Year A Proper 15 Matthew 15 2011
Great Is Your Faith
Matthew 15: (1-10) 21-28
There was a character in the Gospel who Jesus once described with four immortal words: Great is your faith. She was a Canaanite woman who came from the country to the north of Palestine, a country hostile to the Jews. She was presumably married, she had at least one child; but that’s all we know about her. We don't know whether she was a good woman or a bad woman. We don’t know her name. All we know of her is that in this single encounter with Jesus he spoke to her this four-word epitaph: Great is your faith.
Only four words but they are enough to make her immortal. We can trust these words as being true because the expert on faith spoke them. Jesus searched for faith, as a gem collector would fine jewels. He did not always find it in his disciples. On no occasion that we know did he ever say of Peter, James, and John: Great is your faith. More often the words he spoke to them: You of little faith. On only one other occasion did Jesus praise a person for their faith. Interestingly, that was a Roman soldier stationed in Capernaum.
We regard this Canaanite woman with more than just an academic interest. She awakens in us a feeling of admiration, perhaps even envy, because she stands where most of us would like to stand. What faithful Christian would not like it said of him or her: Great is your faith? Think of what it would mean if an aspiring young artist had Picasso place his hand on his shoulder and say: You have a great talent. How wonderful it would be then to a believer in God, if Jesus would place his hand on our shoulder and say: You have a remarkable talent for faith. But how does one qualify for this praise? What does one have to do? To answer these questions let us take a closer look at her story.
- Crossing Barriers
- Refusing to Be Put Off
- Going in Faith and Humility
Live and Learn
Matthew 15: (1-10) 21-28
Is anyone's memory of study hall a fun one?
Either you were the studious type, who really wanted to use that hour of enforced peace and quiet to get some work done, or you were the kid that was bored, trying to think of ways to sneak out, send notes, shoot spit-wads, or otherwise somehow liven up that deadly hour.
But the shushings of study hall monitors and librarians aren't common to all cultures.
At traditional Orthodox yeshivas, the bais midrash, the study hall, is filled with noise. Not just noise, but debates and sweat, as matched chavrusas - learning partners - verbally battle it out over how best to interpret the texts and traditions of the Jewish faith. The "bais midrash," the study hall or library that holds all the necessary reference books for the yeshiva students, was NEVER quiet.
The traditional study of Talmud is with a partner, your "chavrusas," with whom head-to-head, nose-to-nose debate, dialogue, even shouting-at-the-top-of-your-lungs, is part of the learning process. These face-to-face exercises, testing the depth and breadth of the students' knowledge, is what the yeshiva call learning. In fact, a yeshiva student won't ask, "What are you studying?" Rather, the appropriate question is "What are you learning?" Studying infers a solitary, sedentary ingestion of information. Learning is a social, active, expectorating exercise - a dialogue that must necessarily engage two or more individuals in order for true learning to be accomplished. In the Jewish tradition, "learning" is a verb, a never-finished action.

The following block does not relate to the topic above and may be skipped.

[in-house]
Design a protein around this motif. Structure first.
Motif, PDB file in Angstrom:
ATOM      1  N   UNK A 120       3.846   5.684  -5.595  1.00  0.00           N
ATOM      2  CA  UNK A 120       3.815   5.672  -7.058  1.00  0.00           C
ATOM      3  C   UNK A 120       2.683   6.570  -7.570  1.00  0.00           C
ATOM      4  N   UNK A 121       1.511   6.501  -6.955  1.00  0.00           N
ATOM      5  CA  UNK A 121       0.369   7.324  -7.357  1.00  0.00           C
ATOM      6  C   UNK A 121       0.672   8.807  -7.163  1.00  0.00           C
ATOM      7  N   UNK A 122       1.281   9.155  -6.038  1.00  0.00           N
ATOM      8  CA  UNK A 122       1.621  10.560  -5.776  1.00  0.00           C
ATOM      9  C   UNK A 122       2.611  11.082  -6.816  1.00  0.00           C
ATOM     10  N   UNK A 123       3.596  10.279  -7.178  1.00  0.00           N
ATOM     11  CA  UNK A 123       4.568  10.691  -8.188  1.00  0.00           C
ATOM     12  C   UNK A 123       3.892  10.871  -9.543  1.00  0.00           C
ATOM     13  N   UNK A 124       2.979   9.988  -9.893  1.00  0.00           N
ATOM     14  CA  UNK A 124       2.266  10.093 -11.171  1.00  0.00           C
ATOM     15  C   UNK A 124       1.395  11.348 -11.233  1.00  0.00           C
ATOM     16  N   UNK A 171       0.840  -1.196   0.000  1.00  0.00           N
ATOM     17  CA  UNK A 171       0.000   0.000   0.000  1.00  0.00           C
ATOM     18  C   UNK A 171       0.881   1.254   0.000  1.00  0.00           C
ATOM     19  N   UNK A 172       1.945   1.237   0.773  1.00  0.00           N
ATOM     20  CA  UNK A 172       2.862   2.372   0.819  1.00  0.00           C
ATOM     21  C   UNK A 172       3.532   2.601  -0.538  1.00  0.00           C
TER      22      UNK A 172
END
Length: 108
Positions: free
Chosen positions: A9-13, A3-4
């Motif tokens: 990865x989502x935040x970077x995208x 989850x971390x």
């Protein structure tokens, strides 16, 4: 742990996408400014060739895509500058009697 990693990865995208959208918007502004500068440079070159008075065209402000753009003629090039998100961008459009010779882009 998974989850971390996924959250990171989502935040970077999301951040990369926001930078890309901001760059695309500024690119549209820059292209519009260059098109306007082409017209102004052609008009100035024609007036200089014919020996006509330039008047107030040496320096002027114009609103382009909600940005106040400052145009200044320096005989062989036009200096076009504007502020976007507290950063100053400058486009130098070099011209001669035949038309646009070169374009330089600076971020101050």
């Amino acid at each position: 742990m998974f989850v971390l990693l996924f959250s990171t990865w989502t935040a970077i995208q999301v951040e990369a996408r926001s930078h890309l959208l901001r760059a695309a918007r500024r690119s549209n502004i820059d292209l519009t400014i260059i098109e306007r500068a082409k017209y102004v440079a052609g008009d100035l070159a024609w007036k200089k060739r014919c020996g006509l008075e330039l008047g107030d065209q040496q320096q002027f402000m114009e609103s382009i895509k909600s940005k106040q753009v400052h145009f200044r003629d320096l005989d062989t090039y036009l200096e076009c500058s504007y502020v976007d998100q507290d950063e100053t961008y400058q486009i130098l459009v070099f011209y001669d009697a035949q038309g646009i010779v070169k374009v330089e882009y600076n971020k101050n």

The apostle Paul, a learned Pharisee, well-schooled in the Torah, in the learning traditions of the rabbis, bolding preached Christ's imminent return throughout his early letters. Yet as time went by, as the Christian message began to spread, as Christian churches were planted and began to grow, and Jesus still did not return, Paul's learning curve began to deepen. The communities he was now addressing had second, even third generation Christians in their midst. The first believers began to pass away. Somewhere between Paul's writing of 1 Thessalonians and 2 Timothy, a span of about fourteen years or so, the apostle gradually came to a new understanding.
In short, Paul changed his mind. Christ's return may NOT be imminent, and Christians should be prepared to live and die as a faith community without ever experiencing that event.
Yet changing one's mind has gotten nothing but bad press. In the feeding-frenzy of political campaigns, any evidence that any candidate re-positioned, re-thought, or simply re-considered their original views on any given issue is lambasted as flip-flopping or wishy-washy. In the Main Stream Media's (MSM) judgment, any adjustment of one's stand, or one's understanding, over the course of twenty or thirty years is deemed a sign of weakness and used as evidence of a morally and/or intellectually deficient mind.
Learning, continually interacting with and challenging the experiences and informational input that surrounds us, is a life-long process. Gerontologists are now recommending that as we age we intentionally set up new, unexpected circumstances or encounters for ourselves every single day, in order to keep our brains fit and flexible. Such simple learning exercises as taking a different route to the store, doing a crossword puzzle, planning and executing a sewing, building, or other creative project, all help contribute to keeping our neurons firing, our brains healthy, and strengthening our mind's ability to learn.
In fact, there are really only two questions to ask yourself. 1. Am I learning something? 2. Am I contributing something? If the answer to either is no, then get out of there. If the answer to both is yes, you're right where God wants you to be...